Japanese patent and utility model recognition guide
The following is a vague recognition guide to Japanese patents and utility models. Japanese patents on J-PlatPat and Espacenet are not transcribed, and the documents are scanned in fairly low resolution 1 bpp (pure black and white) which collectively results in extensive damage to the text. English text remains legible as the Latin alphabet is low in detail, but kanji are both highly detailed and absurdly high in number, making recognition extremely hard. It does not matter whether you use manual or automated radical breakdown or Google handwriting recognition: some characters are impossible to transcribe unless you know Japanese. Even kana, as simple as they look, are fraught with confusing typographical variations.
This page was originally created to ease the pain by indicating which metadata fields were worth even trying to transcribe (e.g. applicant, name of invention) but it has been extended to cover additional concepts and information.
This page was created solely for my own reference (since I can neither speak nor read Japanese), but I have extended it with some additional information that may prove useful. It is intentionally not a complete or comprehensive guide.
|Field no.||Legend||Field purpose|
|1||考案の名称||Name of invention|
Many patents use INID codes. Although these are internationally agreed, US and Japanese patents do not use all the same fields. For example, Japanese patents use fields 72 and 71 for applicant and inventor, while US patents use 75 and 73. US patents use field 10 for the patent number, and Japanese patents use field 11.
|Field no.||Legend||Field purpose|
|11||Various||Document number (the legends overlap with the values of field 12); patent numbers may be prefixed with “特開”, e.g. 特開平4-220915 (Japanese patent H04-220915, where 平4 is Heisei 4 or 1992 — see dates below), while utility model numbers may be prefixed with “実公”, e.g. 実公平6-14373 (Japanese utility model H06-15373)|
|12||—||Document type (see document types below)|
|19||—||“office or organization publishing the document”; here, “日本国特許庁” = Japanese Patent Office|
|21||実願 or 出願番号||Application number|
|22||出願 or 出願日||Application date or filing date (see dates below)|
|54||考案の名称 or 発明の名称||Name of invention|
In Japan there are utility models in addition to patents. There are also lots of different classification states for the documents. I do not pretend to understand any of this! For me it is simply a matter of being sure to not call a utility model a patent, and vice versa! Patent processes in Japan and Germany seem to be the most complicated.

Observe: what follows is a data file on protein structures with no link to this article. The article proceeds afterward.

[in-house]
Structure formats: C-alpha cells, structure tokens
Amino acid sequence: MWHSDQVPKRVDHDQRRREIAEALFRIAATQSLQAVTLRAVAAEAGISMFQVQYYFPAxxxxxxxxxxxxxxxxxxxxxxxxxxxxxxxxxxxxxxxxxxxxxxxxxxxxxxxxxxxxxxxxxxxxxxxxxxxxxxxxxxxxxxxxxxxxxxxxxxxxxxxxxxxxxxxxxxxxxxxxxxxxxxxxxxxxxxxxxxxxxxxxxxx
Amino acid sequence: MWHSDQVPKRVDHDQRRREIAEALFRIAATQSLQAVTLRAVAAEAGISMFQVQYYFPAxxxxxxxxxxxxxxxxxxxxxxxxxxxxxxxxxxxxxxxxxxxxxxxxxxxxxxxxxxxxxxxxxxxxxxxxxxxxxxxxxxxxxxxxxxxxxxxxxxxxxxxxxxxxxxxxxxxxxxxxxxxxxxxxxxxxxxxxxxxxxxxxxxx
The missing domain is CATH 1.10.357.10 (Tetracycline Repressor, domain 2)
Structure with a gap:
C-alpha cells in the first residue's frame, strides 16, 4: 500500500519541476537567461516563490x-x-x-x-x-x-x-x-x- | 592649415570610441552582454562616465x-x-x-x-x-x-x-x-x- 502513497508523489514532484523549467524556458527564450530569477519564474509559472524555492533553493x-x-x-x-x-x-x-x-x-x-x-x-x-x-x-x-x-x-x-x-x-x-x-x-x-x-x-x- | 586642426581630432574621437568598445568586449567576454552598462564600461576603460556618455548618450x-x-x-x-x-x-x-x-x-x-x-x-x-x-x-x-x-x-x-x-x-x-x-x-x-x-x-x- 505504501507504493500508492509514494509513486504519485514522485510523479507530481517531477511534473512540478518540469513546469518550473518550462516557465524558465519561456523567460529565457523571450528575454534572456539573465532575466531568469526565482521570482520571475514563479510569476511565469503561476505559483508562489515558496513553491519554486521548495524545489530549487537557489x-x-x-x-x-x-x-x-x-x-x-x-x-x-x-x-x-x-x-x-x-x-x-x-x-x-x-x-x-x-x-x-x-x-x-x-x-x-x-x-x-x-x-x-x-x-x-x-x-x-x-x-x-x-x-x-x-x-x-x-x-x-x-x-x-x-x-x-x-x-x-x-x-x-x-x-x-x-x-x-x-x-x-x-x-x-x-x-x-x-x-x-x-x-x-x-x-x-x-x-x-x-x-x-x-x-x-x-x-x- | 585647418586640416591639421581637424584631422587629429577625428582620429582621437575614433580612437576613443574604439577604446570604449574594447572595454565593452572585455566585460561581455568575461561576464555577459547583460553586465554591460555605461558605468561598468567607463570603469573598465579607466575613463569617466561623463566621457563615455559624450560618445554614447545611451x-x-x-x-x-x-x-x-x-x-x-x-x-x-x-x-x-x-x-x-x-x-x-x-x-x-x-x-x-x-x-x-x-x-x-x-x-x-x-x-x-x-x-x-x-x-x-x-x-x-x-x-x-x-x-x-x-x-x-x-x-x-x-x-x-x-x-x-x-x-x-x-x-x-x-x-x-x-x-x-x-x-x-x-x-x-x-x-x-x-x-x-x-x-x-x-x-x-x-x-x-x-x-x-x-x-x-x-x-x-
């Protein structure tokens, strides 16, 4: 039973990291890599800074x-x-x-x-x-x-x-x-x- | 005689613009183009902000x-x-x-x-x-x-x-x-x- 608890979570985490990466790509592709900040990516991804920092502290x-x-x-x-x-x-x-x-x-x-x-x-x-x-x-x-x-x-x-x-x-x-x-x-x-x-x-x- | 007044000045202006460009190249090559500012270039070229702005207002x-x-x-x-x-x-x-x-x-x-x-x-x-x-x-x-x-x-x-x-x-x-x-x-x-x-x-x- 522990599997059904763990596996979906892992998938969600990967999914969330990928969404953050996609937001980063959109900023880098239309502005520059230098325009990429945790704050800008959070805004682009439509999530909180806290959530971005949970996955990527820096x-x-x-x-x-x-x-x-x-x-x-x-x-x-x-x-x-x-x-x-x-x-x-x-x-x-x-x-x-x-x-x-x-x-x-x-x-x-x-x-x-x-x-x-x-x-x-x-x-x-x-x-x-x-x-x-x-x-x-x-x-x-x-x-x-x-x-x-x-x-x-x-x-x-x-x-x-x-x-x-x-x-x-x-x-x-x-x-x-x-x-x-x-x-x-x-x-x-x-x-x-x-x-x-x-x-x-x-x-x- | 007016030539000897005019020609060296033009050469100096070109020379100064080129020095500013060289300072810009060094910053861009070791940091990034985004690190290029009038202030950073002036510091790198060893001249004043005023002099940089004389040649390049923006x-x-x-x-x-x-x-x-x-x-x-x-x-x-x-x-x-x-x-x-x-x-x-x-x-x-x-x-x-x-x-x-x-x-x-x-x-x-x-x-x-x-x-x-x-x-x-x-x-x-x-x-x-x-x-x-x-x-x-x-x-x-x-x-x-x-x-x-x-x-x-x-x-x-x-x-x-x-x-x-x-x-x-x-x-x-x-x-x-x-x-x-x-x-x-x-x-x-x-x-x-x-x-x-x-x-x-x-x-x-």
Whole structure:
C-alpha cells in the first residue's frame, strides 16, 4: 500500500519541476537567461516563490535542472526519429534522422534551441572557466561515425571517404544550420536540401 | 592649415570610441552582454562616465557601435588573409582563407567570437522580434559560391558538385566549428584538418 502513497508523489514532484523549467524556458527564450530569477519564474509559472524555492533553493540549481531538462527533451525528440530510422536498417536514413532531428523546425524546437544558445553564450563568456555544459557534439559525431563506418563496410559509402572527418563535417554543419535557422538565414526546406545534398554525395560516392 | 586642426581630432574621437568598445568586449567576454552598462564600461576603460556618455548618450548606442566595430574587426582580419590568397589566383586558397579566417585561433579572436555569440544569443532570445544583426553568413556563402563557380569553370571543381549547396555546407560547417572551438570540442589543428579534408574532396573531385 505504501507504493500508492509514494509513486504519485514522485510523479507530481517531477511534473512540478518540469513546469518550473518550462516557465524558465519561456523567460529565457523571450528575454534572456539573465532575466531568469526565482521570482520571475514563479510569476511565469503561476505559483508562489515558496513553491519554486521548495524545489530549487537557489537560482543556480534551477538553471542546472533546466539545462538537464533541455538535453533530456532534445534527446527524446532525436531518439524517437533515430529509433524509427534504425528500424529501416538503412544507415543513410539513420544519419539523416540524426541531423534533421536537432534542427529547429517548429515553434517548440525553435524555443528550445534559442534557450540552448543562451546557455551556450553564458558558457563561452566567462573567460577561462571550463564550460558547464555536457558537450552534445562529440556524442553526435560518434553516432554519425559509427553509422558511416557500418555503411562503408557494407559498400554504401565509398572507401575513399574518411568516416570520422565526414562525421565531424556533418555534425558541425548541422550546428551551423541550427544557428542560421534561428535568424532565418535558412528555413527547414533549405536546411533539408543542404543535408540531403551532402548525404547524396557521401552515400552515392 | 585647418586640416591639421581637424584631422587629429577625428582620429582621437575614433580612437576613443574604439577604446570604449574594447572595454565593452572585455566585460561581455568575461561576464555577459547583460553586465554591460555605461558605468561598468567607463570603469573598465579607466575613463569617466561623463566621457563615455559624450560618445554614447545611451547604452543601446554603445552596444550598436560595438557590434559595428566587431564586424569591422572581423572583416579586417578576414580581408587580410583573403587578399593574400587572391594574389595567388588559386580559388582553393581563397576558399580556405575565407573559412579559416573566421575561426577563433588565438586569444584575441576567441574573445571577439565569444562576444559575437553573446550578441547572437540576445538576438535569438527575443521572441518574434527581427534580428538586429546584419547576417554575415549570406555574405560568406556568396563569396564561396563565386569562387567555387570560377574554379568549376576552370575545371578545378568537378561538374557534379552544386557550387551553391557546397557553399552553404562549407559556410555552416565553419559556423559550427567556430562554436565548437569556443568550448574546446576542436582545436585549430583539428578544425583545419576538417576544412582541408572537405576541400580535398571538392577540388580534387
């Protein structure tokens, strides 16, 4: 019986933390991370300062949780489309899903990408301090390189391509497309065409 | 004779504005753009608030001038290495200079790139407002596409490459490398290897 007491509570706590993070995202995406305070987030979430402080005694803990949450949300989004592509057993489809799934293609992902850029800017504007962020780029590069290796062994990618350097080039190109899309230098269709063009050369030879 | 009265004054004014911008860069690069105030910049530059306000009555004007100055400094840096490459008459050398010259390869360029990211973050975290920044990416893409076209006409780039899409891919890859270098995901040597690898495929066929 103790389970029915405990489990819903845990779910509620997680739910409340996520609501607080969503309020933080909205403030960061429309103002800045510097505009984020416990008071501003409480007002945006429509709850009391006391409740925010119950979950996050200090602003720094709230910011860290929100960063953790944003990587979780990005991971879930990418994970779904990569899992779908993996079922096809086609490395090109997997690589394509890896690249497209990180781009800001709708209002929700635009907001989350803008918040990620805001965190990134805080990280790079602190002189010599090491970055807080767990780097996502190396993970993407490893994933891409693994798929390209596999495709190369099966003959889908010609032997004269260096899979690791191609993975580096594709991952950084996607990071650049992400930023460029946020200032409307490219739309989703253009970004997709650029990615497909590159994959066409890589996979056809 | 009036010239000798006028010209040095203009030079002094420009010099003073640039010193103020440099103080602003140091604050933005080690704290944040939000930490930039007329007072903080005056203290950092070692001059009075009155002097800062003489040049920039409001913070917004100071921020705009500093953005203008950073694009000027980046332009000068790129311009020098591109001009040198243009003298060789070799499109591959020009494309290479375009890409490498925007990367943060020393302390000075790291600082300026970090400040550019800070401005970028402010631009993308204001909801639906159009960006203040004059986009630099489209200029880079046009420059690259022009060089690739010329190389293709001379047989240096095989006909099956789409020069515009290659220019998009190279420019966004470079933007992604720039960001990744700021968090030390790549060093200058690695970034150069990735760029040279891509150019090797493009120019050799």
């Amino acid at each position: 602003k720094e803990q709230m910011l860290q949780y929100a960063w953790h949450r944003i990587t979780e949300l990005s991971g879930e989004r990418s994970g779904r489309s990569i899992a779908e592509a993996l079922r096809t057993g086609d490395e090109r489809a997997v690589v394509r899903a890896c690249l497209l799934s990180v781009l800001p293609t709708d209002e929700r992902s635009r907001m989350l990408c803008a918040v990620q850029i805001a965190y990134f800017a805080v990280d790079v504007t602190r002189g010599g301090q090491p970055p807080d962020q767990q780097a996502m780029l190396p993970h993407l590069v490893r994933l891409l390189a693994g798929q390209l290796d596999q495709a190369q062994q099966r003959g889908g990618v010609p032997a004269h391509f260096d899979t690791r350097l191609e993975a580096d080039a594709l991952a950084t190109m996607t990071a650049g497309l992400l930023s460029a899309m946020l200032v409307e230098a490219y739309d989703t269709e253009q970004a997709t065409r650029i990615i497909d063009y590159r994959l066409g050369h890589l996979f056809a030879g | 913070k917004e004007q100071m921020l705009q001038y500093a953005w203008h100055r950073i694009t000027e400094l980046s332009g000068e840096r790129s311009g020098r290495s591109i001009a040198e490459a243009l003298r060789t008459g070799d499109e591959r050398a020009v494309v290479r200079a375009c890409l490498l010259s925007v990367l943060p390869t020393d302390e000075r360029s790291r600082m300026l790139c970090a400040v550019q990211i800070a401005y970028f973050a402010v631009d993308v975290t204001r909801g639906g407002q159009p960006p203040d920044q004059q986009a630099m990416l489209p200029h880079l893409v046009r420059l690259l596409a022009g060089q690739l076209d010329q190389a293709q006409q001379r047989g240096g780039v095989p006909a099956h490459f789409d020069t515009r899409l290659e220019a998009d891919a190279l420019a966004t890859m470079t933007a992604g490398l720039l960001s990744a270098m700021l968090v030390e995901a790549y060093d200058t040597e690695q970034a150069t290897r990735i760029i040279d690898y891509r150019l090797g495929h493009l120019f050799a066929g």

Japanese patent numbers take the form of the year (in era format) followed by the serial number for that year, followed lastly by the suffix. The same numeric code can represent more than one document depending on the suffix, and this gets very confusing when trying to locate patents and utility models from J-PlatPat on Google Patents and Espacenet.
The translations below are from Google and may not be precisely correct.
|実用新案出願公開||11||Utility model application publication|
|実用新案出願公告||11||Utility model application announcement|
|実用新案出願公告番号||11||Utility model application notice number|
|実用新案公報||12||Y2||Utility model bulletin|
|特許出願公開||11||Patent application publication|
|特許出願公開番号||11||Patent application publication number|
|公開特許公報||12||A||Published patent publication|
|公開実用新案公報||12||U||Published utility model|
Japanese dates are written in the order year, month, day. For example, the Gregorian date 25th of April 1981 could be written as any of the following:
- 56.04.25 (as seen in Hirose Cherry keyboards)
- 昭56(1981)年4月25日 (found in some patents)
- 昭56(1981)4月25日 (found in some patents, with “年” omitted)
- ’81.4.25 (“’81” instead of “81” to avoid confusion with Japanese era dates)
Two-digit Gregorian years may be preceded with an apostrophe for clarity. On Alps batch labels where the ink has faded, it can be hard to determine whether a year such as “01” means 平成1 (1989) or 2001, although Alps appear to use Gregorian years on their rubber stamps. Leading zeroes for dot-notation are unverified; in one case (an Alps date stamp from 1987) the day has a leading zero but the month does not.
For dates outside of the range 1960–2000, see Japanese Date Comparison Chart. Dates that interest us will begin “昭和” or simply “昭” for the Showa era (1927–1989) and “平成” for the Heisei era (1989 onwards, where 昭和64 = 平成1 = 1989). Patent numbers begin with the year in Japanese era format, for example a patent from 1988—Showa 63—has a number beginning “昭和63…”. In the Latin alphabet, “昭和” in patent numbers is converted to “S”, giving a patent number beginning “S63…”. Likewise, patents from the Heisei era have “平成” converted to “H”, so a 1994 patent number will begin “平成04” in Japanese, and “H04…” in the Latin alphabet.
See the new translations page.